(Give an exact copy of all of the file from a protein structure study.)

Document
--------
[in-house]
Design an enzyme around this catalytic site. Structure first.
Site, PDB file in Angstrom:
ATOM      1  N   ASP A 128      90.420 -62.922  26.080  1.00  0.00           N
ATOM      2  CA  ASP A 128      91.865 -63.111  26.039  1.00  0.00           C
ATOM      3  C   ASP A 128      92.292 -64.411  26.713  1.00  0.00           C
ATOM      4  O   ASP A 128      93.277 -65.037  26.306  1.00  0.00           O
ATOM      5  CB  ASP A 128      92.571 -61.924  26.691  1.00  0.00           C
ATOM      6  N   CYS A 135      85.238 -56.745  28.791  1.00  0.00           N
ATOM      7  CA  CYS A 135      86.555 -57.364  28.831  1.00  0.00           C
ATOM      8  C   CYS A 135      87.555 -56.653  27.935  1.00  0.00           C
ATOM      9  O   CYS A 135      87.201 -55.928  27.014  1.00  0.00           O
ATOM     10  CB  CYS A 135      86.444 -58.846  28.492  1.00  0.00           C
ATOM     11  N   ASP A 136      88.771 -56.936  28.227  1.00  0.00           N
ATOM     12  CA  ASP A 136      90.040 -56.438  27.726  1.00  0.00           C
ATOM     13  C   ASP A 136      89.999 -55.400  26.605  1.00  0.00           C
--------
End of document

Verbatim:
[in-house]
Design an enzyme around this catalytic site. Structure first.
Site, PDB file in Angstrom:
ATOM      1  N   ASP A 128      90.420 -62.922  26.080  1.00  0.00           N
ATOM      2  CA  ASP A 128      91.865 -63.111  26.039  1.00  0.00           C
ATOM      3  C   ASP A 128      92.292 -64.411  26.713  1.00  0.00           C
ATOM      4  O   ASP A 128      93.277 -65.037  26.306  1.00  0.00           O
ATOM      5  CB  ASP A 128      92.571 -61.924  26.691  1.00  0.00           C
ATOM      6  N   CYS A 135      85.238 -56.745  28.791  1.00  0.00           N
ATOM      7  CA  CYS A 135      86.555 -57.364  28.831  1.00  0.00           C
ATOM      8  C   CYS A 135      87.555 -56.653  27.935  1.00  0.00           C
ATOM      9  O   CYS A 135      87.201 -55.928  27.014  1.00  0.00           O
ATOM     10  CB  CYS A 135      86.444 -58.846  28.492  1.00  0.00           C
ATOM     11  N   ASP A 136      88.771 -56.936  28.227  1.00  0.00           N
ATOM     12  CA  ASP A 136      90.040 -56.438  27.726  1.00  0.00           C
ATOM     13  C   ASP A 136      89.999 -55.400  26.605  1.00  0.00           C